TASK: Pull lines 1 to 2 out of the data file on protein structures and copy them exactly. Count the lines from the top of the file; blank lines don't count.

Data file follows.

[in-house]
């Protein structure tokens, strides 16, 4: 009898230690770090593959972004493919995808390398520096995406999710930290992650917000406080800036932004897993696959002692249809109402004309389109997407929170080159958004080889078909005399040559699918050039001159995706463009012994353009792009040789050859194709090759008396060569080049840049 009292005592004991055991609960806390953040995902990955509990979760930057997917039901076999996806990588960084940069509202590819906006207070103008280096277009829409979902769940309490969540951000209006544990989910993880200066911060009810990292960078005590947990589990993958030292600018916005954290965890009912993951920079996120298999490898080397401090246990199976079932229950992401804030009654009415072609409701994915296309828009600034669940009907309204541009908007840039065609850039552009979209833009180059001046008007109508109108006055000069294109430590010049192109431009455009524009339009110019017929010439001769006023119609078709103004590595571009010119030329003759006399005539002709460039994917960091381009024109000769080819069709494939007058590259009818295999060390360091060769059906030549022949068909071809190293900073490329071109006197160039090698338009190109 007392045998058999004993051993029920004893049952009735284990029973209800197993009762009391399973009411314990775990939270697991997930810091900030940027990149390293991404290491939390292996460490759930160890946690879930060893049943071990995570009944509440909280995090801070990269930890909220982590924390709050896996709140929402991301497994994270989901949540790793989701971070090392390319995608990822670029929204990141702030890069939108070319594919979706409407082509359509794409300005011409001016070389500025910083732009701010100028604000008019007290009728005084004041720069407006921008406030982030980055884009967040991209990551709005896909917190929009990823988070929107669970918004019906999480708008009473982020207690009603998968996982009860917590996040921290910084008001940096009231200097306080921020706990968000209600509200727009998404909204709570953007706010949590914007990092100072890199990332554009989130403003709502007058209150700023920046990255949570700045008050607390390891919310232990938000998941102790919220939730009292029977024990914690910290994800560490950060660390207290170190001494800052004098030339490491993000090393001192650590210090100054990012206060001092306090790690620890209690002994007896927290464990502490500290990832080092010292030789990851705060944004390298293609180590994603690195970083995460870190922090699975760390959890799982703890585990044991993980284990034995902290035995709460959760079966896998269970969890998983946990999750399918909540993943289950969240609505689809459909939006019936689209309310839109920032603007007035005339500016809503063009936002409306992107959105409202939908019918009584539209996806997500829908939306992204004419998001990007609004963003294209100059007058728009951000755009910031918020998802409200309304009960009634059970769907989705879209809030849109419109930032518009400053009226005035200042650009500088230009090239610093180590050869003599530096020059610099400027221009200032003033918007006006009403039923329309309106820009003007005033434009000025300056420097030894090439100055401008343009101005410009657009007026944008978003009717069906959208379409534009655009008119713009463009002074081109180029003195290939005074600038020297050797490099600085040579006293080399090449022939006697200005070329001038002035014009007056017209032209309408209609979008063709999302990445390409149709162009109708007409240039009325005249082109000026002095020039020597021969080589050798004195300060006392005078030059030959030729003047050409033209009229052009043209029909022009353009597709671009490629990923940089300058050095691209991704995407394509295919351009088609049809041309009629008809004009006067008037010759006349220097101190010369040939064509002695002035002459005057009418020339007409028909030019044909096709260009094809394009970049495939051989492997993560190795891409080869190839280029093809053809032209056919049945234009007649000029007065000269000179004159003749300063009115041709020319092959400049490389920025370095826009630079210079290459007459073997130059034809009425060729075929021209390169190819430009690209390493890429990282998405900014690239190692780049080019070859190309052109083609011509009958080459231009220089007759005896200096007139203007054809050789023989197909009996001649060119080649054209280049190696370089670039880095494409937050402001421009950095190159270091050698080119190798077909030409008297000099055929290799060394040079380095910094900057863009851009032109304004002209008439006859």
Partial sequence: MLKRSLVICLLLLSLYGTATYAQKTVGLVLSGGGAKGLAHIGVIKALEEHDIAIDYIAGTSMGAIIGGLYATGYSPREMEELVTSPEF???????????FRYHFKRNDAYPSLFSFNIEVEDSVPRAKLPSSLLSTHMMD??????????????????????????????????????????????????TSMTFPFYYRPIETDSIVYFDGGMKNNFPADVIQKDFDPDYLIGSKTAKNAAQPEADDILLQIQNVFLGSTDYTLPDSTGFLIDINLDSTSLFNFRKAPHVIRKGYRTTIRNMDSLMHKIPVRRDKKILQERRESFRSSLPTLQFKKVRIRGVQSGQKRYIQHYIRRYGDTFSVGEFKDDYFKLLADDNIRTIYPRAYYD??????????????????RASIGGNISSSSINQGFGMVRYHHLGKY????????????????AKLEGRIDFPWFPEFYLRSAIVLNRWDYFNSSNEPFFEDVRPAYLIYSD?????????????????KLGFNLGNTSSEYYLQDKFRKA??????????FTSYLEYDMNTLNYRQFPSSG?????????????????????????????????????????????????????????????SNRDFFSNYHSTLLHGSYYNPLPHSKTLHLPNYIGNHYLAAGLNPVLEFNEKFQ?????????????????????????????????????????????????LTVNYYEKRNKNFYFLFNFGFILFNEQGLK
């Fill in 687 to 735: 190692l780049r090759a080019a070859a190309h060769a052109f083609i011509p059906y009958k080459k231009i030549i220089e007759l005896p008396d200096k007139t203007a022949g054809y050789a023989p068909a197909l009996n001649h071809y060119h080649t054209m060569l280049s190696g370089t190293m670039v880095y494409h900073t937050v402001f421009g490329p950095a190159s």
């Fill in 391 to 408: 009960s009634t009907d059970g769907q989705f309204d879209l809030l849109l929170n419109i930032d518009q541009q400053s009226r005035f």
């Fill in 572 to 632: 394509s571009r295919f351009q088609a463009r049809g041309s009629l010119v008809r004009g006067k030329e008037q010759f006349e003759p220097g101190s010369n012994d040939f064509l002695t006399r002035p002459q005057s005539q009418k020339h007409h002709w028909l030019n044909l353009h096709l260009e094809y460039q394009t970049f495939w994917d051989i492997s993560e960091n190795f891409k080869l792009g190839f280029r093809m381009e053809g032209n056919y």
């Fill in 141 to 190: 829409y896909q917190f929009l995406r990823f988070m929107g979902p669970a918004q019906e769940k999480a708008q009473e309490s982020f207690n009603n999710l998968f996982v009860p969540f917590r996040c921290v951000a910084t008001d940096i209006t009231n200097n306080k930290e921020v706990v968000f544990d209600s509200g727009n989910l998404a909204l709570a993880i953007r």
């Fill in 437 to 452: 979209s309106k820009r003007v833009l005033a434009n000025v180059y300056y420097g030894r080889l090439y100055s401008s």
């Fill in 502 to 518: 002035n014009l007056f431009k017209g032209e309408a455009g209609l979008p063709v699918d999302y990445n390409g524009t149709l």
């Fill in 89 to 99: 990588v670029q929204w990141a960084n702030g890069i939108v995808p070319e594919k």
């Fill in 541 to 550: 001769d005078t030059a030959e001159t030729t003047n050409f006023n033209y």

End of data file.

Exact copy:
[in-house]
């Protein structure tokens, strides 16, 4: 009898230690770090593959972004493919995808390398520096995406999710930290992650917000406080800036932004897993696959002692249809109402004309389109997407929170080159958004080889078909005399040559699918050039001159995706463009012994353009792009040789050859194709090759008396060569080049840049 009292005592004991055991609960806390953040995902990955509990979760930057997917039901076999996806990588960084940069509202590819906006207070103008280096277009829409979902769940309490969540951000209006544990989910993880200066911060009810990292960078005590947990589990993958030292600018916005954290965890009912993951920079996120298999490898080397401090246990199976079932229950992401804030009654009415072609409701994915296309828009600034669940009907309204541009908007840039065609850039552009979209833009180059001046008007109508109108006055000069294109430590010049192109431009455009524009339009110019017929010439001769006023119609078709103004590595571009010119030329003759006399005539002709460039994917960091381009024109000769080819069709494939007058590259009818295999060390360091060769059906030549022949068909071809190293900073490329071109006197160039090698338009190109 007392045998058999004993051993029920004893049952009735284990029973209800197993009762009391399973009411314990775990939270697991997930810091900030940027990149390293991404290491939390292996460490759930160890946690879930060893049943071990995570009944509440909280995090801070990269930890909220982590924390709050896996709140929402991301497994994270989901949540790793989701971070090392390319995608990822670029929204990141702030890069939108070319594919979706409407082509359509794409300005011409001016070389500025910083732009701010100028604000008019007290009728005084004041720069407006921008406030982030980055884009967040991209990551709005896909917190929009990823988070929107669970918004019906999480708008009473982020207690009603998968996982009860917590996040921290910084008001940096009231200097306080921020706990968000209600509200727009998404909204709570953007706010949590914007990092100072890199990332554009989130403003709502007058209150700023920046990255949570700045008050607390390891919310232990938000998941102790919220939730009292029977024990914690910290994800560490950060660390207290170190001494800052004098030339490491993000090393001192650590210090100054990012206060001092306090790690620890209690002994007896927290464990502490500290990832080092010292030789990851705060944004390298293609180590994603690195970083995460870190922090699975760390959890799982703890585990044991993980284990034995902290035995709460959760079966896998269970969890998983946990999750399918909540993943289950969240609505689809459909939006019936689209309310839109920032603007007035005339500016809503063009936002409306992107959105409202939908019918009584539209996806997500829908939306992204004419998001990007609004963003294209100059007058728009951000755009910031918020998802409200309304009960009634059970769907989705879209809030849109419109930032518009400053009226005035200042650009500088230009090239610093180590050869003599530096020059610099400027221009200032003033918007006006009403039923329309309106820009003007005033434009000025300056420097030894090439100055401008343009101005410009657009007026944008978003009717069906959208379409534009655009008119713009463009002074081109180029003195290939005074600038020297050797490099600085040579006293080399090449022939006697200005070329001038002035014009007056017209032209309408209609979008063709999302990445390409149709162009109708007409240039009325005249082109000026002095020039020597021969080589050798004195300060006392005078030059030959030729003047050409033209009229052009043209029909022009353009597709671009490629990923940089300058050095691209991704995407394509295919351009088609049809041309009629008809004009006067008037010759006349220097101190010369040939064509002695002035002459005057009418020339007409028909030019044909096709260009094809394009970049495939051989492997993560190795891409080869190839280029093809053809032209056919049945234009007649000029007065000269000179004159003749300063009115041709020319092959400049490389920025370095826009630079210079290459007459073997130059034809009425060729075929021209390169190819430009690209390493890429990282998405900014690239190692780049080019070859190309052109083609011509009958080459231009220089007759005896200096007139203007054809050789023989197909009996001649060119080649054209280049190696370089670039880095494409937050402001421009950095190159270091050698080119190798077909030409008297000099055929290799060394040079380095910094900057863009851009032109304004002209008439006859």